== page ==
Even on a dull winter morning, it's impossible not to smile walking out to these three. The Vegas Yellow Audi has chosen for this
R8 V10 Plus
is as subtle as it sounds, a blaze of sunshine on a dank Wednesday. The
911 Turbo S
broods in the corner, a familiar but fierce adversary for any £150K sports car.
Then there's the 570S. The reason we're here. In this company, with the R8 clearly inspired by the first generation and the 911 being, well, a 911 Turbo, it looks fantastically exotic. This may be McLaren at a lower price point than ever, but it looks every millimetre the bona fide supercar.
At £143,000 for the 570S, the new Sports Series faces rivals not previously on the McLaren radar and this pair is arguably best. It was too early to include a Huracan LP580-2, but both the Porsche and Audi will provide a very stern test. From Portimao the 'real world' doesn't come much more real than a sodden Wales, after all.
Driving along the M4, the 911 Turbo S seems like a good car to start in. For so long it's been the go-to choice for anyone after towering performance in a usable, practical package, remaining a formidable opponent even with its facelift imminent.
911's pace in these conditions is devastating
How on earth can the new car be quicker than this though? Sure, the Turbo S is not the most immersive 911 experience, but the confidence it engenders to brake later, turn harder and accelerate sooner is just staggering. It's certainly not a light car but the combination of exemplary damping, the indefatigable brakes and the freakish four-wheel steer give it the ability to cover ground at a ferocious rate. That engine just keeps on hauling and combined with the excellent PDK 'box the sensation is of unabated, unapologetic and plain brutal speed. If it looked the old stager, the 911 has more than established itself by the time it meets the R8 and 570S.
Moreover, it's far from outclassed even after exposure to those two. More detailed observations will follow but it steers better than the Audi and it feels as fast here as the lighter, more powerful McLaren. Yes, the conditions could hardly be better suited for a 911 Turbo, but its abilities are plain to see.
Once we're done, it's the car that looks pretty appealing to drive home too. And that's what the Turbo S does so well; there simply isn't a scenario it struggles with. It will take you to Wales in comfort, play the rocket ship once you're there and then slip back in with the masses on the way home. It's a car of personality too, the ability to switch between normal and nutty really quite endearing. To the next contender...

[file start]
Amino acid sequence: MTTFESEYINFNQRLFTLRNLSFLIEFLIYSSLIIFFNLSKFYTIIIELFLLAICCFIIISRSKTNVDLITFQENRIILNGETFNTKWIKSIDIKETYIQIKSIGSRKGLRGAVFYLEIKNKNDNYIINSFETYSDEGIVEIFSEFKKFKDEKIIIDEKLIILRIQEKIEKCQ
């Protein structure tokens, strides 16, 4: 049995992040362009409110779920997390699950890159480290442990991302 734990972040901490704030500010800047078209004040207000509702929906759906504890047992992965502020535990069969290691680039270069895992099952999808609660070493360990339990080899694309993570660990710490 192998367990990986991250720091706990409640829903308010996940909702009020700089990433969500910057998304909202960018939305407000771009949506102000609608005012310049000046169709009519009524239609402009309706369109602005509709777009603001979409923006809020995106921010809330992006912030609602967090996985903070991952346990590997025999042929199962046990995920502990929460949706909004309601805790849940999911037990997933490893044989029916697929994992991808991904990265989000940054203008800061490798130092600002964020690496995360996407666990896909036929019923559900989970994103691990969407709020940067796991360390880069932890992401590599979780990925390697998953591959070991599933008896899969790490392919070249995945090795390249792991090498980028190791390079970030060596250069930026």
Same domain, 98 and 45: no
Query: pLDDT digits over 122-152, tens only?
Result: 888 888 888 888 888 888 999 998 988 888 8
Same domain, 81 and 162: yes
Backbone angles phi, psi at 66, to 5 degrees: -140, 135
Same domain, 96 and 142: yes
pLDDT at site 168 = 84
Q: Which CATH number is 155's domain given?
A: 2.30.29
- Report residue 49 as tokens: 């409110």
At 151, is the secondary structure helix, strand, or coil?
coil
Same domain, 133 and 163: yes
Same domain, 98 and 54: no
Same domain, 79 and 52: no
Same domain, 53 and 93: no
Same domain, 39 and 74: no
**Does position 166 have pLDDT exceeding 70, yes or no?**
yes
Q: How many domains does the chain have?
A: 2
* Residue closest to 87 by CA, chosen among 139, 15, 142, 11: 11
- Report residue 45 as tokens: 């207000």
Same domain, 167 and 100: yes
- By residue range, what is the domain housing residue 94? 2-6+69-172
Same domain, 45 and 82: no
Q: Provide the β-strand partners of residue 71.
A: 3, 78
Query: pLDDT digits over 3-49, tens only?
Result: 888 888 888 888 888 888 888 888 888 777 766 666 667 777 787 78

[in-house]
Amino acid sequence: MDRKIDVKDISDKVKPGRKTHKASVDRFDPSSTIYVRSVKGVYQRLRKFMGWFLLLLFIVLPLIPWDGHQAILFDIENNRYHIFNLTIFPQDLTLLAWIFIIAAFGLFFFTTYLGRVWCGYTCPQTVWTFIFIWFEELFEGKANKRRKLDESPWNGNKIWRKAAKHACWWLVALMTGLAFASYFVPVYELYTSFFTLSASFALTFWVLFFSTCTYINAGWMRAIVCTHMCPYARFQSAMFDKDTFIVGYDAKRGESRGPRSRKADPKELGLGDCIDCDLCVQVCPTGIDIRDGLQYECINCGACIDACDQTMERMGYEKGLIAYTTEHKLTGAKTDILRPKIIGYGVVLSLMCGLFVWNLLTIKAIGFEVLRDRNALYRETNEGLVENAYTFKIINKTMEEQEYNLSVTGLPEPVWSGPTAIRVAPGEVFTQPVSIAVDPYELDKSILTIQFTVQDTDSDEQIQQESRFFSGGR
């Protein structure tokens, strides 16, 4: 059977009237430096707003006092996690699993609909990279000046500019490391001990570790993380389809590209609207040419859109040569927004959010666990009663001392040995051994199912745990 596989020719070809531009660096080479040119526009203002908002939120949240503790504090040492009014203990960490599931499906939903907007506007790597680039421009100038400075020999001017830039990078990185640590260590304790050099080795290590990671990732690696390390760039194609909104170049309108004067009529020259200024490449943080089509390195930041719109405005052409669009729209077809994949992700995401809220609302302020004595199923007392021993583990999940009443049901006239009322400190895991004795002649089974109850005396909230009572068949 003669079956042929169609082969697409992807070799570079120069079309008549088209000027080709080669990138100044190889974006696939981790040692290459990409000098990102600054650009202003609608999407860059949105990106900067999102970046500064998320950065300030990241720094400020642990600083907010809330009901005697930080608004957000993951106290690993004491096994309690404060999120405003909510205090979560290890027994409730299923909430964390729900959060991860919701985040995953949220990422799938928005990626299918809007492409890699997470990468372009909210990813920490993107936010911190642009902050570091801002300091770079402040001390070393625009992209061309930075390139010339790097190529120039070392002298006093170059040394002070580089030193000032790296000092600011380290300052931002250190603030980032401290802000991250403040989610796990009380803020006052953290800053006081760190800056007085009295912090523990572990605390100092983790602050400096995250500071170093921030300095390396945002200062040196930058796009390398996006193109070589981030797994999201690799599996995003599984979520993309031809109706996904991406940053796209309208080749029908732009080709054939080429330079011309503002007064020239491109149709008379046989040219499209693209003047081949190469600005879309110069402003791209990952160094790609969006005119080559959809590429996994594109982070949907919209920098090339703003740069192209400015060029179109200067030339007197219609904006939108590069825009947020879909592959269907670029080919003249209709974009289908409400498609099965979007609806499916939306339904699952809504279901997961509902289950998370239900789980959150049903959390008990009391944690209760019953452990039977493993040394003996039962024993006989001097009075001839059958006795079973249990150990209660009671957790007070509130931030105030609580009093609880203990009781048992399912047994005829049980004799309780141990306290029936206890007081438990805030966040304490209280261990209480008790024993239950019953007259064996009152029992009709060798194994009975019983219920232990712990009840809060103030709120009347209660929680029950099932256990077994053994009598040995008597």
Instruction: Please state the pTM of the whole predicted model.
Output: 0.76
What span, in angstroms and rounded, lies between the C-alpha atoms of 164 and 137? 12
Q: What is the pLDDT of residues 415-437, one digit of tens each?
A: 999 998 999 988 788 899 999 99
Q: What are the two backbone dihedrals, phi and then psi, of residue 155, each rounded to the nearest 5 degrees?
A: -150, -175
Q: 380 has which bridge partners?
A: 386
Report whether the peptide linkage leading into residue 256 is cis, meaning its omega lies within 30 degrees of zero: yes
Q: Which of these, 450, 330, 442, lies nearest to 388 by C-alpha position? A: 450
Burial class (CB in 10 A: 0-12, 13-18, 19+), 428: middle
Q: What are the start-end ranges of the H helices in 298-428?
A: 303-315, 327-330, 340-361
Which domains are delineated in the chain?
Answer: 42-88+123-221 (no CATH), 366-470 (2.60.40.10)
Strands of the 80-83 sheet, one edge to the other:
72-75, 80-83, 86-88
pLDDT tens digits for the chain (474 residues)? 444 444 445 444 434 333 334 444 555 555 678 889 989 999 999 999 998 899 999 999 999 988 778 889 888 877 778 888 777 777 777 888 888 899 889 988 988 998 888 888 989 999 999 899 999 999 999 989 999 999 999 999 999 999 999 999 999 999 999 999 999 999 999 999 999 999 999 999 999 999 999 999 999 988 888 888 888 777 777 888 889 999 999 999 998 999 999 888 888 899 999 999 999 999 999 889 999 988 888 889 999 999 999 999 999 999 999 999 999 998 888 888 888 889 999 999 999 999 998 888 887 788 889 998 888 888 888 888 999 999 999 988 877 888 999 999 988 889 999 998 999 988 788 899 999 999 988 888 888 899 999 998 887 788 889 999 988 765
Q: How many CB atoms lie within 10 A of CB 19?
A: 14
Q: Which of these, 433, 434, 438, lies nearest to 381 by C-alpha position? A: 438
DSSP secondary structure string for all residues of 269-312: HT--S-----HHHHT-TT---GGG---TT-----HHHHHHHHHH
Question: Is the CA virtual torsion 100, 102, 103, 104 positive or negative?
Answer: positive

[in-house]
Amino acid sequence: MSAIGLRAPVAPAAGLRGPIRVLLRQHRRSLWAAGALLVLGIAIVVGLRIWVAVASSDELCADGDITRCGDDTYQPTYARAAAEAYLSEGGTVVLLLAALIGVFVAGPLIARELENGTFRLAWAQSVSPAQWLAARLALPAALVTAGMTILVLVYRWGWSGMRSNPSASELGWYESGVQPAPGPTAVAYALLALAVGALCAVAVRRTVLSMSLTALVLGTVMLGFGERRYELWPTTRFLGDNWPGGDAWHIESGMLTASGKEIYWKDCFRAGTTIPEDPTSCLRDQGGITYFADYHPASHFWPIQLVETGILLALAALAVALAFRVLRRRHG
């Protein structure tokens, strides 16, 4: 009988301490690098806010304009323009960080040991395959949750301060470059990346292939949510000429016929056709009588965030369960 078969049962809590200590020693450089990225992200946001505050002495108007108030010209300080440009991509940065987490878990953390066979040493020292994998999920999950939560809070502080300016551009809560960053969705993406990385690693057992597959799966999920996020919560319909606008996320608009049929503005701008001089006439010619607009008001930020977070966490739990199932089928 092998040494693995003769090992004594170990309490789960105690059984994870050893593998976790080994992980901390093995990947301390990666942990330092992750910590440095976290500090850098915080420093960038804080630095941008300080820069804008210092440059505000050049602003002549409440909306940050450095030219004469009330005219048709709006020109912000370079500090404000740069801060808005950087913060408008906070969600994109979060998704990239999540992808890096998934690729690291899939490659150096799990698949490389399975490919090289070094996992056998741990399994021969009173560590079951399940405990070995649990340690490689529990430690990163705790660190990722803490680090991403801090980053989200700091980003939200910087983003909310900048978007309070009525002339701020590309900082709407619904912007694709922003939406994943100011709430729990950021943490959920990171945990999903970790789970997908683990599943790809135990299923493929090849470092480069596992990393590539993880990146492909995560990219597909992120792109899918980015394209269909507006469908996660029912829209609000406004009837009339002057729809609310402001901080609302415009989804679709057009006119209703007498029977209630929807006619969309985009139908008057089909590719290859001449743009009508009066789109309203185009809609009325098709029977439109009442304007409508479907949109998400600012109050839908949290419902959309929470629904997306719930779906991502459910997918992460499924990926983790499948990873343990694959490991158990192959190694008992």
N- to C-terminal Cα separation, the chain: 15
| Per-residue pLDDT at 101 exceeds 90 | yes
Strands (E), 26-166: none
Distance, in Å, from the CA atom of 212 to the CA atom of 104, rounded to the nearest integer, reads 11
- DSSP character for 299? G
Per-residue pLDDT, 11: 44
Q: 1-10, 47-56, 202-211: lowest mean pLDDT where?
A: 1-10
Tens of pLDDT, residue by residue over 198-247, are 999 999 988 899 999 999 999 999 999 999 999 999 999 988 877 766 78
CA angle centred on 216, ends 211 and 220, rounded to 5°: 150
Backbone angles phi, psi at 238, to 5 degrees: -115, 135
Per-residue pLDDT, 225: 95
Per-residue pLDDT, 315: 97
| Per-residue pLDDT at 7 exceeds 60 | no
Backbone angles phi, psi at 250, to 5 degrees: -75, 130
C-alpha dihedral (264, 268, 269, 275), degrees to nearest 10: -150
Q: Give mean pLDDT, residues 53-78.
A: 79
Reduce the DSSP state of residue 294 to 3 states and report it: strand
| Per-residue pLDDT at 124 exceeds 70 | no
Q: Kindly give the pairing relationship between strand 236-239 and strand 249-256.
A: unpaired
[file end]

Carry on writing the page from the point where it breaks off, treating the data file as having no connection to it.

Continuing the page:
More words than used in this whole test could be dedicated to the R8's powertrain: it's genuinely spectacular. Even in this company both gearbox and engine feel superior in response, noise and sheer excitement. Those fleeting moments you can extend that 5.2-litre V10 towards 8,500rpm are to be savoured, its savage yowl beyond 6,000rpm quite sublime. The next gear is engaged immediately and it goes again, yearning for another run to the limiter.
Engine superb; rest of package harder to love
But the praise can be less unequivocal elsewhere. The optional Dynamic Steering continues to frustrate, undermining confidence as it decides the lock that should be applied. Annoyingly it's only after the test that it's pointed out the 'Dry' mode keeps the steering ratio fixed. In any mode however it's numb and doesn't help in conditions like this.
Once it dries out slightly, trust builds in the R8 and it becomes a much more entertaining companion. It feels lighter than its kerbweight, darting into bends while feeling eager and poised, with fantastic composure over the bumpy Welsh B-roads.
Problem is, on this fairly brief encounter at least, the R8 just isn't quite as enjoyable as the old R8. No doubt it's objectively a more accomplished car, but for entertainment and fun it's far tougher to call. The old car's steering was less immediate but more feelsome and the damping just seemed to flow that tiny bit better with UK roads. It felt like an excellent supercar that just happened to have an Audi badge on it; this R8 feels like a much more natural extension of the Audi range, with everything good and bad that that entails. It's a very good car with a sublime engine, of that there's no doubt, but it's a hard one to love on this experience.
By the time others have been in the McLaren, the cream carpets are mucky and the seats wet with the rain that pours in every time a door opens. If the Porsche suits these conditions the 570S looks out of place, the car surely designed for more lavish locations. Time to finish the McDonald's and start driving then...
UK roads don't come much more UK than these!